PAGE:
The combination of videolaryngoscopy (VL) and Bonfils rigid intubation endoscope (BIE) was an excellent way to safely intubate patients with extremely difficult airways.
Why does this matter?
Having a difficult airway plan is important, potentially life saving. Most start with a VL, have a bougie handy, and will pop in a LMA in a pinch, reserving emergency cricothyrotomy as a final option. There are a few case reports using a combination of VL with endoscopy, but it has not been rigorously studied. I tinkered around with a Bonfils rigid intubating scope (link is a video) on a manikin once at ACEP, and it was fantastic. But it is totally different than any other kind of intubation and not that intuitive, so practice a lot on a manikin or cadaver before using it on a patient.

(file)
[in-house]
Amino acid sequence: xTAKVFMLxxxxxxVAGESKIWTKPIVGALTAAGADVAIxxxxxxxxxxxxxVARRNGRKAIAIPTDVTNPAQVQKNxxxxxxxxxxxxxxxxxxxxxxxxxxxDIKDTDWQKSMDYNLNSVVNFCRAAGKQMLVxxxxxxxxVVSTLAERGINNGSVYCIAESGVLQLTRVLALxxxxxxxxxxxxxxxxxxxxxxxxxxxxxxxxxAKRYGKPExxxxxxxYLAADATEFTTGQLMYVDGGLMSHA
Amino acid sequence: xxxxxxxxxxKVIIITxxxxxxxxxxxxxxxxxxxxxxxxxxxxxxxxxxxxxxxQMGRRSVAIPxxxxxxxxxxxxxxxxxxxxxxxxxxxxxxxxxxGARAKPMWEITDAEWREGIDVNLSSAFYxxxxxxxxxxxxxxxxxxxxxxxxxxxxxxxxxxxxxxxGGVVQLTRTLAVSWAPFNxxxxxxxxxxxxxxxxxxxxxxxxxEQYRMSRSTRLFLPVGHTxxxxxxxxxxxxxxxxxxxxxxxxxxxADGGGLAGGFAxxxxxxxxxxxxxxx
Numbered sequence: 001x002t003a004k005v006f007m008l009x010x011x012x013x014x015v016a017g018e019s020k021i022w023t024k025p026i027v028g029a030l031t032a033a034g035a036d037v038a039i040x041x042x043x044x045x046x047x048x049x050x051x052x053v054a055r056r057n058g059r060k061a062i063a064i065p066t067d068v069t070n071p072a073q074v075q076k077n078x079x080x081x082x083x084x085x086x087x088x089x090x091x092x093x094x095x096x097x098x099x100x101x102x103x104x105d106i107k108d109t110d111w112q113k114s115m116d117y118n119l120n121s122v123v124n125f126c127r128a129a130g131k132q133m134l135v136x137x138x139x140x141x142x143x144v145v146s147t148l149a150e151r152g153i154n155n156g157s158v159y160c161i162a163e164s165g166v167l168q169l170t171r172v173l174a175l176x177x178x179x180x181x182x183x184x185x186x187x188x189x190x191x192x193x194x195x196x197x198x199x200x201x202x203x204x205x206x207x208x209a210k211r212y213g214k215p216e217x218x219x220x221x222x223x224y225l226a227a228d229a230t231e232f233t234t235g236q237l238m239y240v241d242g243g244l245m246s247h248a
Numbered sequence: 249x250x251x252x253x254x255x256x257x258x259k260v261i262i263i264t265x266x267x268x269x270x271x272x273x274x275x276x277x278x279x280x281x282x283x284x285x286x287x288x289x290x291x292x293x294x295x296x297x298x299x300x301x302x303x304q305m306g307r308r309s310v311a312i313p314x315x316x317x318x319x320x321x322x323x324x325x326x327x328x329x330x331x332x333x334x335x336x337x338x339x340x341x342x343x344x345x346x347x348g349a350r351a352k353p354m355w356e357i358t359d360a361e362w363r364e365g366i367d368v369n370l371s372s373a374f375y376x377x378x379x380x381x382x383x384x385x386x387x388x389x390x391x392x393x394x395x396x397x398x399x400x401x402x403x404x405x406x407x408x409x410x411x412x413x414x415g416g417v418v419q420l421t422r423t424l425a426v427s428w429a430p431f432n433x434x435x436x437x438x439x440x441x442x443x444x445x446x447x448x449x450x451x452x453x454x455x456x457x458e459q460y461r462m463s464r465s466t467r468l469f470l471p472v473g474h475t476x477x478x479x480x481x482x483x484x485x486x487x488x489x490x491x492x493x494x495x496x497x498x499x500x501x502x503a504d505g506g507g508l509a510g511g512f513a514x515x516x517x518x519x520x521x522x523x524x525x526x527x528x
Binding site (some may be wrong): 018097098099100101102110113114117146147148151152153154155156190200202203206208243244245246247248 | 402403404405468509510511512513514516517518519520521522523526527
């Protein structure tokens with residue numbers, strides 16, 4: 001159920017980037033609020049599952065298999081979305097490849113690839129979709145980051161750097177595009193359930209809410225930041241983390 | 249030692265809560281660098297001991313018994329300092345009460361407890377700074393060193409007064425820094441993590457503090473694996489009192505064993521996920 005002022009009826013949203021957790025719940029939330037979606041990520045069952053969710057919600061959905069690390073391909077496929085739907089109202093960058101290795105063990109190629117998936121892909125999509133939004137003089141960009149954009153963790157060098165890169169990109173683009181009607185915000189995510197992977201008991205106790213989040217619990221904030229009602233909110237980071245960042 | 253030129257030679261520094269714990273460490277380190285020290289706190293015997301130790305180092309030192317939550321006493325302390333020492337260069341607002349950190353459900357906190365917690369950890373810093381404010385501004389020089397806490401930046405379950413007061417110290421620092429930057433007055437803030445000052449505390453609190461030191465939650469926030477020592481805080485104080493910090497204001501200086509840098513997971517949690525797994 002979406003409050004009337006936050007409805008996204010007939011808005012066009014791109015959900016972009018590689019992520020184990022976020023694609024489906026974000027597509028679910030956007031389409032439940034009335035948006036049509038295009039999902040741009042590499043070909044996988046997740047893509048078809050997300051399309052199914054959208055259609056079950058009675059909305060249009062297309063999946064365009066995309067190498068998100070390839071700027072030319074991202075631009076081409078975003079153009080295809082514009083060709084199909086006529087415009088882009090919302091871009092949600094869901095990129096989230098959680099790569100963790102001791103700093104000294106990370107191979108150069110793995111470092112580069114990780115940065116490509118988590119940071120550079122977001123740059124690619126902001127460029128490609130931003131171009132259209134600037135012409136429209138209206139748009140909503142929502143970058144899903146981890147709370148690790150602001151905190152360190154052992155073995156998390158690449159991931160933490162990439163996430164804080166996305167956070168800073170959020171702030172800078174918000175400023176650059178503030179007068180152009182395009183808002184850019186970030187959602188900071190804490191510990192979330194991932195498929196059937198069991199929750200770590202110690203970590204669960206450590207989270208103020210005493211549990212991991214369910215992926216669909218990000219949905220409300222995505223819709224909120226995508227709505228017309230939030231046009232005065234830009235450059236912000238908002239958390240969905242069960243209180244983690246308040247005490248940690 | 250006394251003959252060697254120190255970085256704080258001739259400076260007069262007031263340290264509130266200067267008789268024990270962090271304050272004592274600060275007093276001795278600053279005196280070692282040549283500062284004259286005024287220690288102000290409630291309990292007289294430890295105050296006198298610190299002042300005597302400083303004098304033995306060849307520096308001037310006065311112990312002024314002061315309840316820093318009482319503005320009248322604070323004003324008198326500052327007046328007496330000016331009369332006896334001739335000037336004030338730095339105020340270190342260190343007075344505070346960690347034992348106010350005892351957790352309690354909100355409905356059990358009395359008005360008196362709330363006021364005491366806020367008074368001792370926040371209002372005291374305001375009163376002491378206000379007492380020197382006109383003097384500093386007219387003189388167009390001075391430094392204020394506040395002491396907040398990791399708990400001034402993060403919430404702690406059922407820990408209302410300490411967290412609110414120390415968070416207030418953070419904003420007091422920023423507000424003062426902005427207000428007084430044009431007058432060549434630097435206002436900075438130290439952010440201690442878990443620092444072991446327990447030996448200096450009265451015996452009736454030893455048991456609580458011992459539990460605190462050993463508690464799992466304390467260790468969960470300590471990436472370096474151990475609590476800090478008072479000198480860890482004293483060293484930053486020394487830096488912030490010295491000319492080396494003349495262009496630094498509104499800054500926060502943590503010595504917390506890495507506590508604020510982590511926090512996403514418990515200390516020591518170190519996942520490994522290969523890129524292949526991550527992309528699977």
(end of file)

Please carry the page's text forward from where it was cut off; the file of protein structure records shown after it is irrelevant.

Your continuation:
Lights, cameras, intubate…
This was a non-randomized study of 38 patients with known difficult airway or at least 1 predictor of difficult airway and Cormack & Lehane grade III or IV view on VL with a C-MAC. In other words, these were very difficult airways. C&L grade was scored 3 times and a photo taken at each stage: DL, VL, and VL+BIE. Two anesthesiologists blinded to the method used for the photo viewed the glottic images and assessed C&L grade at each stage. Overall, C&L grade improved with the combined VL+BIE approach in 33/38 (87%). This is a great way to approach patients with known or highly suspected difficult airway – assuming you have a Bonfils endoscope, which isn’t cheap.
Macintosh Blade Videolaryngoscopy Combined With Rigid Bonfils Intubation Endoscope Offers a Suitable Alternative for Patients With Difficult Airways. Anesth Analg. 2017 Dec 15. doi: 10.1213/ANE.0000000000002739. [Epub ahead of print]
Peer reviewed by Thomas Davis, MD.